The Powercore slips right on and gives the CRF a noticeable boost in chug and torque on the bottom and also more meat in the mid which made it easier to pull higher gears in turns. It felt a little flat on top compared to the boost on the bottom.Combined with the Megabomb header, this gave the CRF some serious snap on the bottom and a hit in the mid range with enhanced throttle response everywhere. The full-system also pulled longer and harder on top as well. If you like your throttle to delivery the snapping of the power without using the clutch, this system is for you.Here the snap is tamed, especially on the bottom making the setup a lot easier to ride for some riders and without feeling like the bike lost much power anywhere else. It also seemed to let the power last longer up top. And it was noticeably quieter to the rider and on the track which was great.Also Available:
4.1 Stainless Steel with Stainless Powerbomb Header $624.99
Powercore 4 Aluminum Slip-On $299.99
94db inserts available for all 4.1Mufflers: Ti-Powercore slip-on Mufflers and Powercore 4 slip on Mufflers $29.95
Q4 spark Arrestor Muffler $359.99
Ti-Q4 Spark Arrestor Muffler $399.99
Titanium/Carbon 4.1 Full System $949.99Jardine
|RT99 Stainless Steel/Aluminum full system|
This system was very similar to the stock Honda in power and pull with our testers feeling the bike gained in the upper mid-range.This was by far the quietest system we tried and it felt very plugged up. So much that you started hearing a lot of engine noises that you didn’t know were there. The power is tamed quite a bit from stock, especially on the bottom where the bike loses almost all of its snap. The pull is smooth and it makes plenty of power if you use RPM as your friend, but it always feels down on power compared to stock, like it is a 400cc bike. If you ride where noise is an issue, this is a system to consider, and likely we’ll all be riding with mufflers this quiet in the future, so we better start getting used to it.Riders could also feel the weight of this muffler’s mechanical sound dampening system.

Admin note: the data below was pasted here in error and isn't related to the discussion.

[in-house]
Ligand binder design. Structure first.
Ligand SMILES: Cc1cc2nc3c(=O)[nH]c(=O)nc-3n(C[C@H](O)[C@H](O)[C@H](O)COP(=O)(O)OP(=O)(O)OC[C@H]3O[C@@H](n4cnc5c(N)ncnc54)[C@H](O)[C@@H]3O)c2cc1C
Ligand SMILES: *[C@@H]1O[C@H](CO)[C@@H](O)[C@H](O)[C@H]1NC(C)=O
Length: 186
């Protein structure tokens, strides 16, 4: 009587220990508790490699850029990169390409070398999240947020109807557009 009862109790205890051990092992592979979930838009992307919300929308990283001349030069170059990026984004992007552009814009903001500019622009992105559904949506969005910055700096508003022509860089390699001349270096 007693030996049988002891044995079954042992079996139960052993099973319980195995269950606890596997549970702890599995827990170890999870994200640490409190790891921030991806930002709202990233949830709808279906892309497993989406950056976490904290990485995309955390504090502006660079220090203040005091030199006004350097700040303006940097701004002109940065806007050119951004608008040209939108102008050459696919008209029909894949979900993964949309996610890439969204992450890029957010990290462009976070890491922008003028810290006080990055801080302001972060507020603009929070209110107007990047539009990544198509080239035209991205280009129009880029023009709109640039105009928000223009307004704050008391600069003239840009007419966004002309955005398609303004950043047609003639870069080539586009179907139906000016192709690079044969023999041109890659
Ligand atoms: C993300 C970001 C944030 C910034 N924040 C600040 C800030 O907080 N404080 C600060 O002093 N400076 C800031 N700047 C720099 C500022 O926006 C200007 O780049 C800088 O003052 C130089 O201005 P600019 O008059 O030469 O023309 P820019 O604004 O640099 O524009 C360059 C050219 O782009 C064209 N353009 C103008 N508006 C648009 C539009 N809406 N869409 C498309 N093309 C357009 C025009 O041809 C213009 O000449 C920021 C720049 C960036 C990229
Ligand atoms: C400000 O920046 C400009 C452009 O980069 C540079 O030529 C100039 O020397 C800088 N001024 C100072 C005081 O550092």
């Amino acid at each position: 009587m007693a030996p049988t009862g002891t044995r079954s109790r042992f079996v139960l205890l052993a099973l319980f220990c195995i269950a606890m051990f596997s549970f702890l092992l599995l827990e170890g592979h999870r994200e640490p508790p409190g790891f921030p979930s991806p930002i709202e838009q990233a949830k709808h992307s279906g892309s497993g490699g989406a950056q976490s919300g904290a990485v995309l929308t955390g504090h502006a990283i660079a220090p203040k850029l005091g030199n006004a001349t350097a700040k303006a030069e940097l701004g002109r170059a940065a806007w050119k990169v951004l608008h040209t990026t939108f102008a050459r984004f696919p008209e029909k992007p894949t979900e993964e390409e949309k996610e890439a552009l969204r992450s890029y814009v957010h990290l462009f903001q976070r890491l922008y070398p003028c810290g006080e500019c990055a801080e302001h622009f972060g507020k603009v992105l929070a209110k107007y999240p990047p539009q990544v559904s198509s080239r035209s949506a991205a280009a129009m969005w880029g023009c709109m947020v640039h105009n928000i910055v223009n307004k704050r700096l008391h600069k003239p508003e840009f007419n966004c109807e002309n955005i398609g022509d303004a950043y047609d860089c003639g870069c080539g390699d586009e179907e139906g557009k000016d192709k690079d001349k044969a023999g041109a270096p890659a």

|V.A.L.E. M-7 Stainless/Carbon Fiber Slip-on Exhaust System with P1 tip (29.95)|
This system put the power to the ground and was noticeably smoother, more linear than stock actually seeming to slow down how quick the bike revved up without slowing the bike down. It felt like the same power level on the bottom while slowly building up with more than stock on top. Pro riders who use a lot of snap said this pipe felt flat unless they were in the top power. This was a vet and novice friendly pipe for sure.Also Available:
V.A.L.E. Stainless/Aluminum Slip-on System M-7 Brushed Aluminum Canister $369.96Dubach Racing
|SS/AL Full System W/ Spark Arrestor Removed|
The DRD pipe was a noticeable boost on the bottom and mid for all of our riders and up top it had more usability than stock and felt like there was more power up there as well, like you could easily let it rev out instead of shifting sometimes without hitting the rev limiter. But, for sure, the best part was that it gave pros the snap they needed without making the bike harder to ride. For those not excited about a lot of hit, this system was a good performer (even though the pros felt the bottom end boost).Also Available:
SS/ AL: 189.95 head pipe; $360.00 Slip-On; Full System: $549.95
TI/TI: $233.99 hp, $545.99 Slip-On; Full System $779.95
TI/CF = $233.99 hp $645.99 Slip-On; Full System: $879.95
* SS/AL and TI/TI come with Spark Arrestor screen installedLate Arrival:
Leo Vince Full Titanium System
|TI Full system|
Impression will be available later.